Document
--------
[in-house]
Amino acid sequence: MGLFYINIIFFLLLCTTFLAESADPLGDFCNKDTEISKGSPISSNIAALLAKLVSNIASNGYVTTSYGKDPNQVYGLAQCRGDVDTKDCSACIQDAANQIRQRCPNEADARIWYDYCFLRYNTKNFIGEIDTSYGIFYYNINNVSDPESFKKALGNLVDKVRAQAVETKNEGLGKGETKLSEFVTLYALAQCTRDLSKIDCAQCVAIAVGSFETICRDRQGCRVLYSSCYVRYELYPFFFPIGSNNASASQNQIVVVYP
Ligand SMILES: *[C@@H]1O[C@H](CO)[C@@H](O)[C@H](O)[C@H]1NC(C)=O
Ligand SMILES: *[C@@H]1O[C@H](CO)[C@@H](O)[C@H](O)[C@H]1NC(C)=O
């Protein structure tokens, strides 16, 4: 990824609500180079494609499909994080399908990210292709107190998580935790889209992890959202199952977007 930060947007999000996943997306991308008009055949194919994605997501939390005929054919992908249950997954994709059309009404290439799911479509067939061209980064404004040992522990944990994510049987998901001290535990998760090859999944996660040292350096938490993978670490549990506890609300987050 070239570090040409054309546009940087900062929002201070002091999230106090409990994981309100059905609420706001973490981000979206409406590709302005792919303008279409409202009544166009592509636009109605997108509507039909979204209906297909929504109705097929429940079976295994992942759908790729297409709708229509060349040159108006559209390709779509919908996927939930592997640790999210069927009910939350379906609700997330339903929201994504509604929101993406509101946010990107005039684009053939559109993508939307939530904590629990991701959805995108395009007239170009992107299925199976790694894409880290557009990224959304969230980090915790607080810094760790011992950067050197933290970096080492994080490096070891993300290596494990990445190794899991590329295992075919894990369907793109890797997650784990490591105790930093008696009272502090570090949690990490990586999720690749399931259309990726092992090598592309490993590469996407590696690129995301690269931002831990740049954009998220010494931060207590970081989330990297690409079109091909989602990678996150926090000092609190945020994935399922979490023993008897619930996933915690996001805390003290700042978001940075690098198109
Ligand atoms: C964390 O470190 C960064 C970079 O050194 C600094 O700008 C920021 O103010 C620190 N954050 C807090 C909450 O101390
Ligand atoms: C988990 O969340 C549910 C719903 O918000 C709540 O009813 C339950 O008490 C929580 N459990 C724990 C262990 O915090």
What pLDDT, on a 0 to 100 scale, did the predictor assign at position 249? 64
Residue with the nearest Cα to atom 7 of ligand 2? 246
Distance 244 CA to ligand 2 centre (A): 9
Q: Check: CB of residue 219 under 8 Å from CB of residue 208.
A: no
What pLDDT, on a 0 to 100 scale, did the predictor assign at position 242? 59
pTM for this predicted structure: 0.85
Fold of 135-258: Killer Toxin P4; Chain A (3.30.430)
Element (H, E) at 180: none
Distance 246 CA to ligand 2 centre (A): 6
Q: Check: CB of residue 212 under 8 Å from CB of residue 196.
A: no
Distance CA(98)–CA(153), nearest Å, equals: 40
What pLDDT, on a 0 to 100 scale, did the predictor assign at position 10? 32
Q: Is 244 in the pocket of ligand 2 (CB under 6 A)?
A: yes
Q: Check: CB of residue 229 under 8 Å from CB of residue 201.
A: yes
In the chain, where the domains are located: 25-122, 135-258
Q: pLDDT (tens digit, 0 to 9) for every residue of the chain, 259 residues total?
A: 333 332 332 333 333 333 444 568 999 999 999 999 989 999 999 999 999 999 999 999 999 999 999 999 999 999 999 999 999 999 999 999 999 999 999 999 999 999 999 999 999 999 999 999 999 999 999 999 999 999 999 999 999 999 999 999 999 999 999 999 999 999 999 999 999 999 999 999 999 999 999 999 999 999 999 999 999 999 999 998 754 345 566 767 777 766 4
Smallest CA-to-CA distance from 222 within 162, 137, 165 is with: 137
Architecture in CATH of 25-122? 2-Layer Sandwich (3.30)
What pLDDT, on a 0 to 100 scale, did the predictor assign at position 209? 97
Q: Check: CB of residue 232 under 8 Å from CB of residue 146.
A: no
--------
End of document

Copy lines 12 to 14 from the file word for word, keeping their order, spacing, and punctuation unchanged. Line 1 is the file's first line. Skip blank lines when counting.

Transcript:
A: no
What pLDDT, on a 0 to 100 scale, did the predictor assign at position 242? 59
pTM for this predicted structure: 0.85